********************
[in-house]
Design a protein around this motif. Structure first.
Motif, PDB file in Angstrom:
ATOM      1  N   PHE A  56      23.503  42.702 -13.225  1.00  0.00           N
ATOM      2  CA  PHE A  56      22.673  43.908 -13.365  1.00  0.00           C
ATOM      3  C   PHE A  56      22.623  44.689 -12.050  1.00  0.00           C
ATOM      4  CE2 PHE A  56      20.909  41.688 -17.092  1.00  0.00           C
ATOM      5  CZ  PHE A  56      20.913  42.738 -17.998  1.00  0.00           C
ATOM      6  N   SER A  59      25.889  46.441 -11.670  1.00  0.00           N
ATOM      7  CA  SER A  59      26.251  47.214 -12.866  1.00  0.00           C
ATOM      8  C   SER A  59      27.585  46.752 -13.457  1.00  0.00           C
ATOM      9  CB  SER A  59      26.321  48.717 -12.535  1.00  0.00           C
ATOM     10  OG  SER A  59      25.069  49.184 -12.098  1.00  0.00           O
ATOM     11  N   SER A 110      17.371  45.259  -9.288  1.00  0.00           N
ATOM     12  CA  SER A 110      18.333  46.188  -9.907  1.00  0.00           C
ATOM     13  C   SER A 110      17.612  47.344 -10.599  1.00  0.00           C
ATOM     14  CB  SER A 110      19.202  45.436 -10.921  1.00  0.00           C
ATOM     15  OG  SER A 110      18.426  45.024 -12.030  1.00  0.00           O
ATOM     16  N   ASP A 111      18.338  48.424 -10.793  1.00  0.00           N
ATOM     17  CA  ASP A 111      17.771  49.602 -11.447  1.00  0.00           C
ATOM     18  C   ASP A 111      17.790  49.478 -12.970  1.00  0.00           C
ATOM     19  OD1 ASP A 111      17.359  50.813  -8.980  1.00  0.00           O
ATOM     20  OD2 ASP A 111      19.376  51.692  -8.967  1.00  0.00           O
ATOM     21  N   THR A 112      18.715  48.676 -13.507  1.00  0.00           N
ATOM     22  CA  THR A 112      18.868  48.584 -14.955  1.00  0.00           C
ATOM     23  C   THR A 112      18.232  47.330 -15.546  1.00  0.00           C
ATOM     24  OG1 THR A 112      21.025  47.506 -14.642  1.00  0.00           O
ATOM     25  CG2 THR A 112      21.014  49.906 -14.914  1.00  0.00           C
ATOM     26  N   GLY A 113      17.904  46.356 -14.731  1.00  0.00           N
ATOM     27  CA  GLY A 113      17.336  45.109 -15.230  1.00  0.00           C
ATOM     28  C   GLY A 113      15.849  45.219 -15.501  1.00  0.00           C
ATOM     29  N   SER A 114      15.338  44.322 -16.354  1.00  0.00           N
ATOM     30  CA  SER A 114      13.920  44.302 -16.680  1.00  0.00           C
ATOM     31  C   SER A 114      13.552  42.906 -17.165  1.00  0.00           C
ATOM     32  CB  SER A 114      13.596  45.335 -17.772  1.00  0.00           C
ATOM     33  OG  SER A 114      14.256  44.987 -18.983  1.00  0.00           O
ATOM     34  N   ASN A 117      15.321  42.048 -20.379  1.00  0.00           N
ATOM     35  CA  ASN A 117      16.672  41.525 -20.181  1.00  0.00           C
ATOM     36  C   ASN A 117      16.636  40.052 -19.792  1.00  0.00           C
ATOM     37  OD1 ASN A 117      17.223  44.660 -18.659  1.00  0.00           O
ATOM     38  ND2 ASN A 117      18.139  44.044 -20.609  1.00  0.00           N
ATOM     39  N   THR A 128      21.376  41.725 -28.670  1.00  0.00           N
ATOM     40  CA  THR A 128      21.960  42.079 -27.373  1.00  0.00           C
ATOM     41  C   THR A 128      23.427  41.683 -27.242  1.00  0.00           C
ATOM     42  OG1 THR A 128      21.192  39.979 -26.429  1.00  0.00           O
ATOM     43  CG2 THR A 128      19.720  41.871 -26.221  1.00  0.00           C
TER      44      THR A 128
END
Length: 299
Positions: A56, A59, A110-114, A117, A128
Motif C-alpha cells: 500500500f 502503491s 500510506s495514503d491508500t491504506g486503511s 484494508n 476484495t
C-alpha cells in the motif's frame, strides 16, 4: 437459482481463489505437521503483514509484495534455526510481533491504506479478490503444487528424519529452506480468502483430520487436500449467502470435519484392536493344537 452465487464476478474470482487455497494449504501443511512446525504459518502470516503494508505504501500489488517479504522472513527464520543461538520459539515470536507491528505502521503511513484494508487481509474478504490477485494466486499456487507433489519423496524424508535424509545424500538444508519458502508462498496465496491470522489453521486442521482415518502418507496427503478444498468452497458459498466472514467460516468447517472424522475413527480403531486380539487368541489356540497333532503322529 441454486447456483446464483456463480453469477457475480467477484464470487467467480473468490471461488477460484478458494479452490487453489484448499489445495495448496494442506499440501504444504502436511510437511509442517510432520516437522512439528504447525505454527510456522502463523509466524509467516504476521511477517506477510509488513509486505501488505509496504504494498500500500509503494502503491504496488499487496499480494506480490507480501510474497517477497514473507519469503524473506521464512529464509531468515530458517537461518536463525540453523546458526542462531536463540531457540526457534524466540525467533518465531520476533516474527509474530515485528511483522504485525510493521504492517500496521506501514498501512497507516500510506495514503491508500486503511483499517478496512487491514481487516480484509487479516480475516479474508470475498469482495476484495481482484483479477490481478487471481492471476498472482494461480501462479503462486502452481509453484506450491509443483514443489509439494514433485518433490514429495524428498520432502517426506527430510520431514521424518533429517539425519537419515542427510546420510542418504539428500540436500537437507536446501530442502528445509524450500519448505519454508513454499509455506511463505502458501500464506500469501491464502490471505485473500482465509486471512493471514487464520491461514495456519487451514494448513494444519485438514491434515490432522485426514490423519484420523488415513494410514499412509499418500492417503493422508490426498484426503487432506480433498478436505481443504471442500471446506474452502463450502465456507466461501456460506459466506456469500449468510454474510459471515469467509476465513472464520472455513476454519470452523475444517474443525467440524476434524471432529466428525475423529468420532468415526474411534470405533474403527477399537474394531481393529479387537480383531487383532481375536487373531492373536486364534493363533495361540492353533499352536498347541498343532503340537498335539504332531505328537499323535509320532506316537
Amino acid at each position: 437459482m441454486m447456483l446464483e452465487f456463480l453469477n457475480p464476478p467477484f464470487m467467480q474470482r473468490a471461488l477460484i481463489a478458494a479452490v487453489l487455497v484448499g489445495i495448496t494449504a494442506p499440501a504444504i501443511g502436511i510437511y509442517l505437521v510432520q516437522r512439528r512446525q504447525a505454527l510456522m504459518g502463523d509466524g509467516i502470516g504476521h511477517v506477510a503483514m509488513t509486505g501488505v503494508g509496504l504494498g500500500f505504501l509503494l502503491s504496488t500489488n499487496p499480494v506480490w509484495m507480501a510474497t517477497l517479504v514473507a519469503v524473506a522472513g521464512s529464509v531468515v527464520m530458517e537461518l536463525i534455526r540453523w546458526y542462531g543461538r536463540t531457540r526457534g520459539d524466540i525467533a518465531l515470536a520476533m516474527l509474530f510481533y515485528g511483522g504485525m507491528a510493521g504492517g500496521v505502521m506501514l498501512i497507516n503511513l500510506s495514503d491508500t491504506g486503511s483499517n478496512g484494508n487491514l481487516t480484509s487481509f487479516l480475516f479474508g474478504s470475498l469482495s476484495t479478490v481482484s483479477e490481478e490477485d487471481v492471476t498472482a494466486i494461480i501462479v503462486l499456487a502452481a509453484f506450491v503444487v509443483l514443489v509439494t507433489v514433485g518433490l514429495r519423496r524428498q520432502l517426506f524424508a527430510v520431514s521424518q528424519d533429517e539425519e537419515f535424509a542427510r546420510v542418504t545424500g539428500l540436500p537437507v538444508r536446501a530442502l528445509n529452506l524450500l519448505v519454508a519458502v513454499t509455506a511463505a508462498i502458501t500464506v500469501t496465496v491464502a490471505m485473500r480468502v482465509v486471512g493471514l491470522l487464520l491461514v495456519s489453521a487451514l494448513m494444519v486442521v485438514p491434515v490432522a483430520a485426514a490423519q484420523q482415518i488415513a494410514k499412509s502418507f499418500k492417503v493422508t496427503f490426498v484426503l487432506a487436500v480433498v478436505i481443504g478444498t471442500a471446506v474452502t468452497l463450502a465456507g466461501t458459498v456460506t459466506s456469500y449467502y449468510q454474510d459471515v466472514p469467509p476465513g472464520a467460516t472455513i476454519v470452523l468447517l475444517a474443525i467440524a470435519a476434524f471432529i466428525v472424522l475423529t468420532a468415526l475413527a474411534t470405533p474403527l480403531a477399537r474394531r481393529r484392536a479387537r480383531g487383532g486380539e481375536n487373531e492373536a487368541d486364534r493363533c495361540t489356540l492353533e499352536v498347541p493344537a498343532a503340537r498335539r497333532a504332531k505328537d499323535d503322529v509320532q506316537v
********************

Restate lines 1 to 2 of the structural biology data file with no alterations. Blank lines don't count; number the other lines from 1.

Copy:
[in-house]
Design a protein around this motif. Structure first.